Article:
I’LL START WITH A CONCLUSION: DIETS ALONE DO NOT WORK. YOU HAVE TO EAT PROPERLY AND EXERCISE REGULARLY. YOU HAVE TO ADOPT A DIFFERENT LIFESTYE.

HERE’S MY STORY:

Peter Houldin in 2008

Peter Houldin in 2008

Growing up, I always carried a few extra pounds, but never considered myself obese. In high school, I played football, basketball, and golf and was in decent enough shape.

Not until I reached college did the weight start pouring on. In the fall of 1992, I entered my freshman year of college and probably weighed 210 pounds and wore a 38-waist pant. I had a large frame and am six feet tall, so wasn’t overly worried. Certainly didn’t feel fat.

Over the next few years—probably due to too little exercise and too much cafeteria food, pizza, and cheap beer—the weight slowly–ok quickly–started to pile on. By junior year, I weighed 284 pounds and was squeezing into a 44 pant. I had gained 74 pounds in 2½ years!

Peter Houldin in 1994 at 284 pounds

Peter Houldin in 1994 at 284 pounds


Peter Houldin in 1990's before weight loss

Peter Houldin in 1990's before weight loss

While I was having a great time putting on the weight and playing collegiate golf, my studies took a back seat. Over the holiday break of my junior term, I received a letter from the academic dean suggesting I stay home for a semester and prove that I wanted to be in his school.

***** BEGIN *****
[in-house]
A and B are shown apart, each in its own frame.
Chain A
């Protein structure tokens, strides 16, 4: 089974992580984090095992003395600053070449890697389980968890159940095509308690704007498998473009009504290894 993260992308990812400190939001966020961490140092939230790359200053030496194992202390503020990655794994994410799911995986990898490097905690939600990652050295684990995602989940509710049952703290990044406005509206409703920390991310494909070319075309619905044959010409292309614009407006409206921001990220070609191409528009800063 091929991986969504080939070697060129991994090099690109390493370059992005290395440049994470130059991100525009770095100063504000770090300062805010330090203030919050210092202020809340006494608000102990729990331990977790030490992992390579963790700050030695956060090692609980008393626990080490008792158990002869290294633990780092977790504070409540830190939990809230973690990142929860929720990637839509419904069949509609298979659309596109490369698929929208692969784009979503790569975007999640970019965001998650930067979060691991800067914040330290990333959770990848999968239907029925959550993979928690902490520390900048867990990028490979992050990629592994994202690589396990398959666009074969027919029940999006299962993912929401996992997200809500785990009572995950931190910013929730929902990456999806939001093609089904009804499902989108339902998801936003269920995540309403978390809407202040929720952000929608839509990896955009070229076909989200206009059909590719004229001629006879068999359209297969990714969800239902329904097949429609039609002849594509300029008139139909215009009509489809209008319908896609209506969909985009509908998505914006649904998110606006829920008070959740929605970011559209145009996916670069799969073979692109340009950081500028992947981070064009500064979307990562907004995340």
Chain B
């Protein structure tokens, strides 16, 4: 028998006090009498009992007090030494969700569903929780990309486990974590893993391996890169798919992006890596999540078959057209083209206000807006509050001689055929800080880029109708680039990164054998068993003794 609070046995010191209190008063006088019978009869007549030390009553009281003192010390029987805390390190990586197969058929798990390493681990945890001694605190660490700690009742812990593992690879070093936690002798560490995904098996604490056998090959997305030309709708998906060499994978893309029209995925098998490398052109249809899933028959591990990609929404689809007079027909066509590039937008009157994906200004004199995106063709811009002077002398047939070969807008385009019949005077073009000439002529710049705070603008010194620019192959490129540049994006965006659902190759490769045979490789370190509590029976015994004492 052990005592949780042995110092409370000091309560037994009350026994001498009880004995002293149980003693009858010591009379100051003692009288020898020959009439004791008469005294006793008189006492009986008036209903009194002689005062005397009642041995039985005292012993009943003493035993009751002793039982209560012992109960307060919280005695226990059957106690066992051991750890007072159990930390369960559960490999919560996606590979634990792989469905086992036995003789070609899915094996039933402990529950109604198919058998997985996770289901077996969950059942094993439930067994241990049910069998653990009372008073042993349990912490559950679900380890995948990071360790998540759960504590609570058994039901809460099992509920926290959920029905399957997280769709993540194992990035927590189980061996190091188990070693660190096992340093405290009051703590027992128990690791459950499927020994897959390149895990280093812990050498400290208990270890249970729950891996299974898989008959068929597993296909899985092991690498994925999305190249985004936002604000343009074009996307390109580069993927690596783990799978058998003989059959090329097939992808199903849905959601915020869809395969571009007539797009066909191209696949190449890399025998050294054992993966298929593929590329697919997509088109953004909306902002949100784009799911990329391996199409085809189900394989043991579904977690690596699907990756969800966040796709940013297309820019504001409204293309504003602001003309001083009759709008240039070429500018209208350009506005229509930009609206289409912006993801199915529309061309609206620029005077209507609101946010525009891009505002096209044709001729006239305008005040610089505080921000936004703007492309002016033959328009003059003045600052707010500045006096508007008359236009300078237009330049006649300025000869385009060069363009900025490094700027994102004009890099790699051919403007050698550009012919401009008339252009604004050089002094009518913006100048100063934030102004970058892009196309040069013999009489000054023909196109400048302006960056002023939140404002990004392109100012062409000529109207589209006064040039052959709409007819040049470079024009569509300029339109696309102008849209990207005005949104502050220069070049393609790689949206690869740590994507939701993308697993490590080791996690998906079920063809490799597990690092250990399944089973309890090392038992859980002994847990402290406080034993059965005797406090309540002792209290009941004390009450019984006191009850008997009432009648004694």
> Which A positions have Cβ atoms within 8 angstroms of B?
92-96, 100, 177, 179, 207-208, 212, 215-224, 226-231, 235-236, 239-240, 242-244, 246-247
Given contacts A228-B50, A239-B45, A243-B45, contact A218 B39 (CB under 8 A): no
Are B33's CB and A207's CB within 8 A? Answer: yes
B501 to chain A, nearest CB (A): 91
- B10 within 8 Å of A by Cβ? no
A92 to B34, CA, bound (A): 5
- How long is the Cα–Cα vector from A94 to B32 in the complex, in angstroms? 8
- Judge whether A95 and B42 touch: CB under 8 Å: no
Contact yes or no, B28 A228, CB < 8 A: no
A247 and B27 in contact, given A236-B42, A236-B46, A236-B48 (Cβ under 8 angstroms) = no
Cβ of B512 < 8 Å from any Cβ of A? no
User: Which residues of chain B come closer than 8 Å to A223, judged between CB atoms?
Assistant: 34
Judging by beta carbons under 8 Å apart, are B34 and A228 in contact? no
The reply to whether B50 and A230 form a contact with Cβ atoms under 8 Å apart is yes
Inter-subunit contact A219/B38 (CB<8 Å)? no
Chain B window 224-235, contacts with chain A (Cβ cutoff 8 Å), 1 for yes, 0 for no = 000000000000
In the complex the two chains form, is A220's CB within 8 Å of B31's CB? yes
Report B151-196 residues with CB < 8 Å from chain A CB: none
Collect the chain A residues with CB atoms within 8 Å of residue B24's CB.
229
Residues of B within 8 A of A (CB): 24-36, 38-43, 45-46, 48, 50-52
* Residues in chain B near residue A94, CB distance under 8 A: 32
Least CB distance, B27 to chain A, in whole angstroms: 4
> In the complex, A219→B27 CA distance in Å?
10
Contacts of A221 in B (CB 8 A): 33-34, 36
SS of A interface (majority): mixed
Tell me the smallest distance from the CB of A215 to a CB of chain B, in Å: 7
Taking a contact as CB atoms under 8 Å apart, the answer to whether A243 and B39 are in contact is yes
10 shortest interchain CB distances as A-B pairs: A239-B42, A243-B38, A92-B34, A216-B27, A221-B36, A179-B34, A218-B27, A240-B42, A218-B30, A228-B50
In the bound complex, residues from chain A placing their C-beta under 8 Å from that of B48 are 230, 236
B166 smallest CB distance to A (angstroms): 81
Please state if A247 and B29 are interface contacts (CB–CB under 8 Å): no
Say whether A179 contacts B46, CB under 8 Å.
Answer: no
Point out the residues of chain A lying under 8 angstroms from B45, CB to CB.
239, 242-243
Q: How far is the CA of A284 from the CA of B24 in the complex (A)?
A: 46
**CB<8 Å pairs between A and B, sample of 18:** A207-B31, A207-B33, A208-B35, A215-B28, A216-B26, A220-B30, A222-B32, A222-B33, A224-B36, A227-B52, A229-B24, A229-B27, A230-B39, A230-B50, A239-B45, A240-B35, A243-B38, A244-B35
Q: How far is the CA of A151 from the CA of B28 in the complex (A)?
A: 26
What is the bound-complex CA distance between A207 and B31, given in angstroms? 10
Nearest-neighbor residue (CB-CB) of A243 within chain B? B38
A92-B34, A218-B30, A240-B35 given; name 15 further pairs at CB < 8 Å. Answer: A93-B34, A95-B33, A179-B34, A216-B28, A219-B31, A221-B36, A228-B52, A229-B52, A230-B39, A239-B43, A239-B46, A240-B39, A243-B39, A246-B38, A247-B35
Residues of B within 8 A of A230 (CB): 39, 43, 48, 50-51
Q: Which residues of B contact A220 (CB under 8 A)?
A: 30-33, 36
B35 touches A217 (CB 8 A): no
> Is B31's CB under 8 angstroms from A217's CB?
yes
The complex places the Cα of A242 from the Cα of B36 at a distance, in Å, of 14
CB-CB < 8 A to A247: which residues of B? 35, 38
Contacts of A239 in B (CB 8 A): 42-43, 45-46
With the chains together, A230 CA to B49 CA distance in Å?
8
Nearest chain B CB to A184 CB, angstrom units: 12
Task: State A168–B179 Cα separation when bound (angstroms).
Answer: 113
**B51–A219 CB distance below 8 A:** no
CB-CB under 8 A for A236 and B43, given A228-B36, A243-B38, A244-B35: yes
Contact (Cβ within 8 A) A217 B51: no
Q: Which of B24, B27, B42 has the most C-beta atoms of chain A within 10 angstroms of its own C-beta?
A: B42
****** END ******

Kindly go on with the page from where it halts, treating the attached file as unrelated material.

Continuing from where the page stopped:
As it turns out, that was one of the better letters I ever received. I took it as a challenge. I enrolled in a local state college and spent the spring semester working hard at both school and on my weight. Not only did I excel in school, but by the summer, I had dropped a ton of weight.

To be honest, the first pounds were the easiest ones to lose. Given I had put the weight on so quickly, fortunately, it came off equally as quick. That’s not to say I wasn’t diligent about it. I took stock of the habits that caused the weight gain, namely, fast food, pizza, beer, and zero exercises. I decided to do just the opposite. I began a cardio regimen and went back to the basics with regards to food. I ate very boring and plain foods – turkey, mustard, and whole wheat sandwiches. Chicken and veggies for dinner, and eliminated alcohol and snacks.

When I returned to my original school the following fall, I had taken off 60 pounds.

I weighed 220 and was between a 38 and 40 waist. Still not where I wanted to be, but a great start.

During the next year and a half, I really enjoyed myself. I also learned how to balance school, diet, and fun. I graduated with my class in 1996 and only put back on 10 of the pounds I had lost—so I weighed around 230. Given that I didn’t deprive myself, I was fine with the weight gain.

Returning home in Connecticut, I submerged myself in work and exercise. Although very dedicated to living a healthy lifestyle, I didn’t know what I was doing. I went on the Atkins diet—eating mostly red meat, dairy, and eggs—and would do 30 minutes or so of cardio every day. I did not incorporate any weight training. Although not the right approach, I had gotten my weight down to 205 pounds and back into a size-38 pant—right about where I was when I entered college. I was able to sustain this for a number of years and continued on a high protein/low carbohydrate diet.